A core principle of NVC is that there are a universal set of needs that humans share. You might relate this to a pyramid representing Maslow’s Hierarchy of Needs that you have seen. Everyone, across all time, geography, gender, race, and other separations share the same needs, yet strategies to meet those needs differ. For example, we all desire connection, yet while I might want to catch up over coffee, you might want to go to a dance party. (Ohh, to be in the days of coffee dates and dance parties once again!) 

As I am deeply interested in both NVC and power exchange, I often wonder what different needs are being met for various people in power exchange relationships. Perhaps a particular submissive craves safety, belonging, and demonstrating competence in their relationship, while their Dominant may desire pleasure, consistency, and ease. These roles are intentionally different, so the needs satisfied are also different. 

I can see that a power exchange relationship, and in fact every relationship, is made up of a series of strategies. In my article “What’s Choice Got to Do With It?: Thoughts on Choosing Submission,” I explored choice. I contradicted a common refrain about Master/slave relationships when I discussed choice in these relationships.

Even in a relationship with a blanket consent policy, we actively choose to view how we perceive the actions of those that control us. We chose who we gave that power, and we choose to stay with them every day. Our lives are full of choices, even a life filled with submission.

Yet, that’s not the full extent. 

In the past, when I was first taught the language of Nonviolent Communication, I believed that strategies that met someone else’s needs must be at the expense of my needs. If my partner wants to watch a movie, and I want to play a card game, when we watch a movie at the end of the day, aren’t I sacrificing for him? Thus, I have the moral high ground, and I can leverage that against him when we next have a conflict: “I watched a movie for you! Don’t you want to meet my needs?” I know now that this is using the language of NVC to contradict the intentions.

The intention I’ve been focusing on lately has been prioritizing connection. According to Miki Kashtan, this involves “…[focusing] on connecting open-heartedly with everyone’s needs before seeking solutions, even in challenging situations.” When I watch a movie with my partner, I am choosing to meet one need over another. Perhaps I wanted stimulation through the game, yet I chose peace by preventing a conflict with my partner. Again, this comes back to choice. Even when I’m in a dire situation, I choose how I view a situation and that impacts the needs it meets. If my initial strategy isn’t the one we do, I can choose to pick a fight, thus satisfying my need to be seen and express myself authenticly. However, by turning the mind, I can focus instead on empathy and companionship.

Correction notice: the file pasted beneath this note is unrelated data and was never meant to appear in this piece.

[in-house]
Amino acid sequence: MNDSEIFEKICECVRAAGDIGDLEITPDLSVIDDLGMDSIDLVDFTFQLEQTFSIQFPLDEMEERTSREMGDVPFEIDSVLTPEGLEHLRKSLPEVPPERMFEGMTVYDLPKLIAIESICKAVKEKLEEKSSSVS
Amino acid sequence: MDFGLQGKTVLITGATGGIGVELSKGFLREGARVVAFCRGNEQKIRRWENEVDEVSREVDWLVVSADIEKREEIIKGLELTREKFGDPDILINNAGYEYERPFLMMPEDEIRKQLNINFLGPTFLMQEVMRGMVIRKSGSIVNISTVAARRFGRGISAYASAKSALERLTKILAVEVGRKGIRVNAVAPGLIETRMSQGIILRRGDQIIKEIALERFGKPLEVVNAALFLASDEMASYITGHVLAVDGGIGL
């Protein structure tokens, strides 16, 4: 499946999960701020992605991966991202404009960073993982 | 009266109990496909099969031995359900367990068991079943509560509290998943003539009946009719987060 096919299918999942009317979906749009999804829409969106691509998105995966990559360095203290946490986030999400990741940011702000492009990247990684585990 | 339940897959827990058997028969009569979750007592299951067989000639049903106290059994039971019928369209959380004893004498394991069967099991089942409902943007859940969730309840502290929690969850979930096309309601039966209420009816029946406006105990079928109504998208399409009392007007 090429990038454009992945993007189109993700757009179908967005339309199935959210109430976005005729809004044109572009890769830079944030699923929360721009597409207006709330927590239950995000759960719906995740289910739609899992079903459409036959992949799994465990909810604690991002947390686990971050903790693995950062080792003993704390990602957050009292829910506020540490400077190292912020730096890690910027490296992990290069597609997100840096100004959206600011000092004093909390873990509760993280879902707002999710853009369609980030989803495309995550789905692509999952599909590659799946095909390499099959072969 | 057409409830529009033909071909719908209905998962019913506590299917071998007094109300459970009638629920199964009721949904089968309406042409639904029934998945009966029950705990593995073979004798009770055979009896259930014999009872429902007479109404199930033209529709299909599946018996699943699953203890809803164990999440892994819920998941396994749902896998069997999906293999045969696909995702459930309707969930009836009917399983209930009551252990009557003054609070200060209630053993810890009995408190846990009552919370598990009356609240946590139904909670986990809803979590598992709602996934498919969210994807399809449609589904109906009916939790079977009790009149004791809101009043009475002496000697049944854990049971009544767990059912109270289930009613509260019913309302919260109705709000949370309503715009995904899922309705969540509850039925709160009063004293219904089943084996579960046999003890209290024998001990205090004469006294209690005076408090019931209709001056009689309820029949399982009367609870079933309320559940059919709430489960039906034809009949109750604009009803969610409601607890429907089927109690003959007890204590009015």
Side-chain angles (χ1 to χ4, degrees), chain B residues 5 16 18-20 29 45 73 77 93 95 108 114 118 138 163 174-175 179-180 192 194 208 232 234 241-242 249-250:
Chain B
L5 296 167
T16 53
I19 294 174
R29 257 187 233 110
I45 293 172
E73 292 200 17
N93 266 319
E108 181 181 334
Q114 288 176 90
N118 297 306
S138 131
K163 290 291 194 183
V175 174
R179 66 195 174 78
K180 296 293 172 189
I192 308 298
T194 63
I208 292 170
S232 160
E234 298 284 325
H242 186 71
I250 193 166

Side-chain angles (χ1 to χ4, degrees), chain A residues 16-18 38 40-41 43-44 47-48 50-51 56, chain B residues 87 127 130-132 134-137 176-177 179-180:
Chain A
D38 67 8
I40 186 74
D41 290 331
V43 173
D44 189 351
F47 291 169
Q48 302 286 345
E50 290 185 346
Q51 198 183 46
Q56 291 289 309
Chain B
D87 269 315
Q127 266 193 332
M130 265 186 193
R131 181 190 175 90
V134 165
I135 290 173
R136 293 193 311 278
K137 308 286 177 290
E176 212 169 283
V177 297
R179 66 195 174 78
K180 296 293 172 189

When I bring this to a power exchange context, I am reminded of a passage from Slavecraft:

…[S]laves with this point of view get to a place in our heads where every time we give something up for the Master, we feel that our slavery, our surrender, is renewed and reinforced. So i’ve lost the pleasure of seeing the building [that i wanted to see], but i’ve gained my slavery. i’ve lost the opportunity to make that phone call [that i wanted to make], but i’ve gained my slavery. And when slavery is the most important thing in the world, joy is the result in my life.

SlaveCraft: Roadmaps for Erotic Servitude by Guy Baldwin

The perspective of slavery, that intentionally cultivated frame of mind, deeply meets the needs that the author prioritizes. He chooses to see the denial of his personal strategies as a strategy in itself. It’s beautiful to me.

Perhaps I’m getting too heady here. Does this view of needs within power exchange resonate with you? Please let me know.